Blood drive celebrates recipient’s first birthday, honours donors
A family from Aldergrove, B.C. is hosting blood drives in October to celebrate their daughter’s first birthday following a whirlwind year marked by sudden hospital visits, treatments and surgeries.
Christie and Kyle Lewis had no warning that their daughter Madison would be born with congenital heart disease and respiratory challenges, but from her oxygen levels and impaired breathing, medical providers knew right away that something was wrong.
The morning Madison was born she was transferred from a hospital in Langley to another hospital in Surrey where for the first week of her life she was treated with antibiotics for what was thought to be pneumonia.
“On November 1 we found out she had cardiac and respiratory issues and was transferred again to BC Children’s Hospital in Vancouver,” says Christie.
Madison remained in the neo-natal intensive care unit for over two months. She received continuous positive airway pressure (CPAP) therapy and had surgery to help with her breathing. After recovering, she was cleared to go home in January but continued to have respiratory challenges.
In February, Madison was readmitted to BC Children’s Hospital where she stayed in the cardiac intensive care unit for four weeks. With her increased respiratory needs, cardiologists determined she wasn’t the best surgical candidate.
“Things were not looking so good for Madison but, with the help of the team at BC Children’s Hospital, we found a second opinion for surgery at Stollery Children’s Hospital in Edmonton,” says Christie.
“With COVID-19 and the risk of cross-border travel being shut down, our cardiologist recommended we go immediately.”
Christie and Madison flew out on March 25, but with pandemic measures in place Kyle stayed behind to care for their three-year-old son, Landon.
“COVID-19 made it so isolating, leaving me without the support I normally would have had. It was already a tough situation putting our baby girl through a risky surgery in a different province,” says Christie. “We knew there was a chance I could be in Edmonton alone and lose her.”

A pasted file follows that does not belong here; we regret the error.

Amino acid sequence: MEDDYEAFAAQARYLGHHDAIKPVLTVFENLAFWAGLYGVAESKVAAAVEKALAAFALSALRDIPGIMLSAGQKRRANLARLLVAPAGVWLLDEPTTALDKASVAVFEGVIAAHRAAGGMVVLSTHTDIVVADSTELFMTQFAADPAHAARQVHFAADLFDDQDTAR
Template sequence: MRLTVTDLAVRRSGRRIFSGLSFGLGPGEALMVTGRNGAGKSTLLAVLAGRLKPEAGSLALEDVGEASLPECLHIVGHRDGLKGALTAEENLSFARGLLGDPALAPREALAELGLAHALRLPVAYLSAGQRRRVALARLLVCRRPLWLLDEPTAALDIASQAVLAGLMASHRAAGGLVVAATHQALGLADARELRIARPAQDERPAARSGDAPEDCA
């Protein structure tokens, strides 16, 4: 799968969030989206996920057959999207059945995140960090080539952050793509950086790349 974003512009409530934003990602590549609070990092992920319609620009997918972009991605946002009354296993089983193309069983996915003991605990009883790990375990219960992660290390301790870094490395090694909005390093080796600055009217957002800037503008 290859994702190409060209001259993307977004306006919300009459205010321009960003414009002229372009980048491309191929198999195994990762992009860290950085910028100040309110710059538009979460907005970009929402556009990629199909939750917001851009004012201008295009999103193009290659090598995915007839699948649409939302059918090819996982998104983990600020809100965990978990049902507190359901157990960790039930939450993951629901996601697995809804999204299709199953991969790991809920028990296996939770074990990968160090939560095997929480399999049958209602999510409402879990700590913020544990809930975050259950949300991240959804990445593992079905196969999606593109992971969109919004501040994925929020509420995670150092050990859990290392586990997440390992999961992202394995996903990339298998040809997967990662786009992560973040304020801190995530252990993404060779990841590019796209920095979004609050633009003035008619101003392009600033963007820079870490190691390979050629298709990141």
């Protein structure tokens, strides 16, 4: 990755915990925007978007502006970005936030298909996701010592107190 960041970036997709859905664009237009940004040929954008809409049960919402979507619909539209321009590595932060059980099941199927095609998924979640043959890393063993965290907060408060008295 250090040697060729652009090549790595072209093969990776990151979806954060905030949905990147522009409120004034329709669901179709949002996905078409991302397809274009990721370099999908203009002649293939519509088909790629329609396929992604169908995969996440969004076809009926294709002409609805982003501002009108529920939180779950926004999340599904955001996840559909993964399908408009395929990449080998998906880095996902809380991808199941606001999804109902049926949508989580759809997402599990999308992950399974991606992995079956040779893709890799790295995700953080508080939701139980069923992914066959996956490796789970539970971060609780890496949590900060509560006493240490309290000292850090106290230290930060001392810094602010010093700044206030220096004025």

Madison had surgery the next day. Despite the challenges of her surgical case, the procedure went well. She received donor tissue to repair her pulmonary artery and several blood products that helped save her life. After recovering for 10 days in the pediatric ICU, she and Christie flew home. But Madison’s health challenges didn’t end there.
Madison recovering from surgery to repair her pulmonary artery
“As Madison outgrows the donor artery, she will likely need further surgeries,” says Christie who is relieved all the specialists they have followed up with are pleased with Madison’s progress.
“She’s got her challenges but she’s happier now and finally at home doing normal baby things,” says Christie. “She’s orally feeding, growing and thriving. It’s amazing to see the difference in Madison considering the first six months of her life were pretty difficult.”
With the help of donors, Madison is doing better than ever
Christie says that she, Kyle and their extended family are forever grateful to donors.
“Money can’t buy the blood that people need for surgeries, unexpected accidents and illnesses. Donations are coming from generous people who are saving lives. My husband and I have never donated blood; it was something that never crossed my mind until we were in this situation.
“We want to do our part to get the word out that blood is needed and how little babies like Madison benefit from it. We want something good to come out from all the struggles we’ve been through. A few of our family members said they would give blood, so we set up a blood drive.
“We know we’re going to need more blood products for Madison as she goes for more surgeries. She didn’t have the best odds and now Madison is just the happiest little girl.”